The Crimes of Stephen Hawke

Movie Information

In Brief: Something a little different — and very much the same, too — from Britain's horror meister Tod Slaughter, The Crimes of Stephen Hawke is a pure melodramatic delight. Released barely two months after his most famous film, Sweeney Todd, the Demon Barber of Fleet Street (1936), Stephen Hawke is one of the few Slaughter vehicles not based on a book, story or play. Rather, it's based on a kind of drama — one that Slaughter himself (in a framing radio broadcast) describes as "a new old melodrama." In other words, it follows the form you expect from a Tod Slaughter movie. Its primary difference is that there's a pretty weird attempt at making him sympathetic...sort of. This mostly means that he's devoted to his adopted daughter (Marjorie Taylor) and both she and his one-legged, one-eyed, scarred-up hunchback minion (Graham Soutten) shed copious tears when he meets his inevitable "sticky end." Considering that he's spent most of the film gleefully snapping the spines (he's known as "The Spine Breaker") of anyone who gets in his way or who he decides to rob, it's hard to work up much sorrow. After all, this is a movie that starts with Slaughter breaking the back of a small child. Granted, it's an obnoxious little boy ("My father doesn't keep a garden for nasty, common people like you to look at"), but even so, it's startling. Terrific, over-the-top fun.
Genre: Horror Melodrama
Director: George King (The Face at the Window)
Starring: Tod Slaughter, Marjorie Taylor, D.J. Williams, Eric Portman, Graham Soutten
Rated: NR



Adding to the charm of the proceedings is the wonderful framing device that is streets ahead of the ones used in his previous films. The Crimes of Stephen Hawke opens with a look at a radio station where a radio program called In Town Tonight is being broadcast. After some preliminary foolishness with a duo going by the unlikely name of Flotsam and Jetsam (sounding rather like the Happiness Boys, they sing about the then-current news events in a mildly satirical fashion), and an hysterical and somewhat distasteful interview with a cats’ meat man (a gent who provides horse meat for the family pet), the show shifts to our hero.




“Far removed from horse slaughter is another Slaughter we have with us in the studio tonight. I refer to that well-known actor of old melodrama, Mr. Tod Slaughter,” the announcer informs us, adding, “Mr. Slaughter has murdered thousands of people and been hanged thousands of time — on the stage, of course.” “Yes, and I’m still alive to tell the tale,” gleefully announces Slaughter taking center stage. “In my career, I’ve murdered hundreds and hundreds of people and come to a sticky end more times than I’d care to remember!” he proudly tells us. When asked to comment on favorite methods of murder, Slaughter becomes expansive — “I keep perfectly open mind on the matter. I murder by strangulation, poison, shooting, stabbing or with a razor! In Maria Marten I murdered poor Maria by shooting her in the red barn. In Sweeney Todd, the Demon Barber of Fleet Street, I polished dozens of them off with my razor.” Then as now the raison d’etre for a star’s appearance on a talk show revolves around plugging a new offering — in this case The Crimes of Stephen Hawke. And this, of course takes us to the story.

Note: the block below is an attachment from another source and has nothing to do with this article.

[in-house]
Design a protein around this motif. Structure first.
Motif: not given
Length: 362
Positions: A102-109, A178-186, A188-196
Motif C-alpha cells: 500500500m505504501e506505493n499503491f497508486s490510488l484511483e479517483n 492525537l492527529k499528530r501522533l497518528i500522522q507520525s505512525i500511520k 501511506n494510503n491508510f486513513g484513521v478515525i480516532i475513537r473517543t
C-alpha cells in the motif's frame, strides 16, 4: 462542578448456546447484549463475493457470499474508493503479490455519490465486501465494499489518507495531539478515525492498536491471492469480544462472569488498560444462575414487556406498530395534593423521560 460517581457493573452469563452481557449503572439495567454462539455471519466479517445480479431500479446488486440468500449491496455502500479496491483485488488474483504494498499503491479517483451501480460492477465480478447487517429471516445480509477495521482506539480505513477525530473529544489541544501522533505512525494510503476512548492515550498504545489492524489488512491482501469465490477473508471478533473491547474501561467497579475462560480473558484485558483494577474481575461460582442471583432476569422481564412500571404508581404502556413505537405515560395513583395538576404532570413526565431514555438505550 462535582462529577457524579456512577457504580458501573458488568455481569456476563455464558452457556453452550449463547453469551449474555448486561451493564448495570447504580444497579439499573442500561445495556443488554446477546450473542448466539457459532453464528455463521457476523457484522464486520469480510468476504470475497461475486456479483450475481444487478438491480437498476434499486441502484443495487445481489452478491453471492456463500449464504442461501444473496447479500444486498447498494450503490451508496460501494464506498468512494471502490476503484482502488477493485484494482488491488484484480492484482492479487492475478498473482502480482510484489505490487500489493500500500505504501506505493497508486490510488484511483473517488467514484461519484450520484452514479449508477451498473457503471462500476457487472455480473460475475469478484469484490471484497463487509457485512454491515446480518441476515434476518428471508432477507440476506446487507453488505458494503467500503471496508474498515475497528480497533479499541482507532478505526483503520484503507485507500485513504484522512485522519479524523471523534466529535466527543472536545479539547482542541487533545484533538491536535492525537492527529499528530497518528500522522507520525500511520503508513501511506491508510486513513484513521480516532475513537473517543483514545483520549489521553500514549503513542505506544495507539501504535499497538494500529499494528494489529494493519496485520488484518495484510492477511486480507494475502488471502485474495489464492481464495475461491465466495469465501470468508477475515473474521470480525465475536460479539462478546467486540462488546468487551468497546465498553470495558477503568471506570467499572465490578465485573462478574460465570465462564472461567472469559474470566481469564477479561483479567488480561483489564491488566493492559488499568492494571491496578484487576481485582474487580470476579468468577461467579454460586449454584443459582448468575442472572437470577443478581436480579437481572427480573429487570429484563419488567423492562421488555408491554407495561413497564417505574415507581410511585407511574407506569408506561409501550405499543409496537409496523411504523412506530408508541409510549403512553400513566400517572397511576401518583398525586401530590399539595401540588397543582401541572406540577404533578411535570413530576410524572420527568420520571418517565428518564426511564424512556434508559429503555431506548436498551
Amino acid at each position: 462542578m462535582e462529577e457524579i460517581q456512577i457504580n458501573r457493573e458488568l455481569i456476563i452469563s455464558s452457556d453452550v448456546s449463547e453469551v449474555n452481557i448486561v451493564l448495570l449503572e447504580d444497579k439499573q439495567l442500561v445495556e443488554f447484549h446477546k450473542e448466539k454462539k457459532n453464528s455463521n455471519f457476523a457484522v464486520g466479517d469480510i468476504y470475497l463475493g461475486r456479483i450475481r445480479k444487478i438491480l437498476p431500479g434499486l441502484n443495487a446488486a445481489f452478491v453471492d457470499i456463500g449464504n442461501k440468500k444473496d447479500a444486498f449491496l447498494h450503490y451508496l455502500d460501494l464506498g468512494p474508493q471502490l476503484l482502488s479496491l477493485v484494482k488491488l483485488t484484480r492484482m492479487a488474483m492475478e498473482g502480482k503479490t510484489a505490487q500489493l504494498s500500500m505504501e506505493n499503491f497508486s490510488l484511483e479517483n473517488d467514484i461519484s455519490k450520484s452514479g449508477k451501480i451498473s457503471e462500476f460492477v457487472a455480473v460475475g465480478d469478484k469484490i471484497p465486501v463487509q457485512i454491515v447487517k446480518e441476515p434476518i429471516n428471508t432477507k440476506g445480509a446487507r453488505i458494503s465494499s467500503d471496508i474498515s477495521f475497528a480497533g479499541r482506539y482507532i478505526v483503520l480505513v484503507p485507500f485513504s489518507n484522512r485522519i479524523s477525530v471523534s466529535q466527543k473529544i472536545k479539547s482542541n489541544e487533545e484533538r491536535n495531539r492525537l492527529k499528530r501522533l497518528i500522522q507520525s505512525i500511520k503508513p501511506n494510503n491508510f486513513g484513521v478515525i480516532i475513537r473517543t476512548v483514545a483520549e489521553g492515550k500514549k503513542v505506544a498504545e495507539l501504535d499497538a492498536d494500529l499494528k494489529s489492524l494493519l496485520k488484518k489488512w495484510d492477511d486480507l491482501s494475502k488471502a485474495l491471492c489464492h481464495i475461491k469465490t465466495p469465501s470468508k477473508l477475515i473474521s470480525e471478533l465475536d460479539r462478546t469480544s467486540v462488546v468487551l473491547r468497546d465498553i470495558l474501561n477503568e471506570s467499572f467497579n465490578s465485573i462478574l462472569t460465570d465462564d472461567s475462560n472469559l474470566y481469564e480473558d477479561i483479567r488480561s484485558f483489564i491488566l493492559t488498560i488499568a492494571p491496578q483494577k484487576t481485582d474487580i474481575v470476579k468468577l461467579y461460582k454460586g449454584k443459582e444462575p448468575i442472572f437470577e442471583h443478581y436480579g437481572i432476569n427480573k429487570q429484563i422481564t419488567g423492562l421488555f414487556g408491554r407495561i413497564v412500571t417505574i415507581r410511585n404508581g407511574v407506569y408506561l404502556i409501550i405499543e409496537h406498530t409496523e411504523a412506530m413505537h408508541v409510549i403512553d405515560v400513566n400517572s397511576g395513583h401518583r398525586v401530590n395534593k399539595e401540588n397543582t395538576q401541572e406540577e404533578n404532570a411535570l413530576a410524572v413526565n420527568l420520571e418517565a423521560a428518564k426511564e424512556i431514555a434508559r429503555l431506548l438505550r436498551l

Despite the fact that Hawke keeps up a veneer of respectability as a quote “friendly” money-lender, it is difficult to understand how his perfidy goes unnoticed. In his legitimate capacity, he is anything but compassionate, turning a widow and her children out into the street when she cannot meet her small financial obligation (and complaining bitterly when her worldly good fetch slightly less than twice her debt!). He openly blackmails hapless society folk in his debt into setting up jewel robberies for him, and thinks nothing of snapping his best friend’s spine when the man gets too close to the truth. All this is carried out with only the slightest regard for appearances.




Regardless of the strong reliance on the previous films for its structure (the screenplay even repeats the basic set-up of the ending of Maria Marten with Slaughter and one-shot pistol holding his attackers at bay), Frederick Hayward’s screenplay provides Slaughter with some of his richest moments and ripest dialogue. In one memorable scene, Hawke has an encounter with a “lecherous brute” out to marry his daughter. Since we are in on the game, this affords Slaughter the opportunity to make his murderous intentions perfectly clear to us while appearing to remain cordial — even subservient — to his would-be son-in-law, suggesting they get together alone some evening to “come to grips on the matter” and assuring him that “when the moment comes you’ll find me behind you.” It is but one of the many delights of this essential Slaughter film.

The Thursday Horror Picture Show will screen The Crimes of Stephen Hawke Thursday, Sept. 17 at 8 p.m. in Theater Six at The Carolina Asheville and will be hosted by Xpress movie critics Ken Hanke and Justin Souther.

About Ken Hanke
Head film critic for Mountain Xpress from December 2000 until his death in June 2016. Author of books "Ken Russell's Films," "Charlie Chan at the Movies," "A Critical Guide to Horror Film Series," "Tim Burton: An Unauthorized Biography of the Filmmaker."

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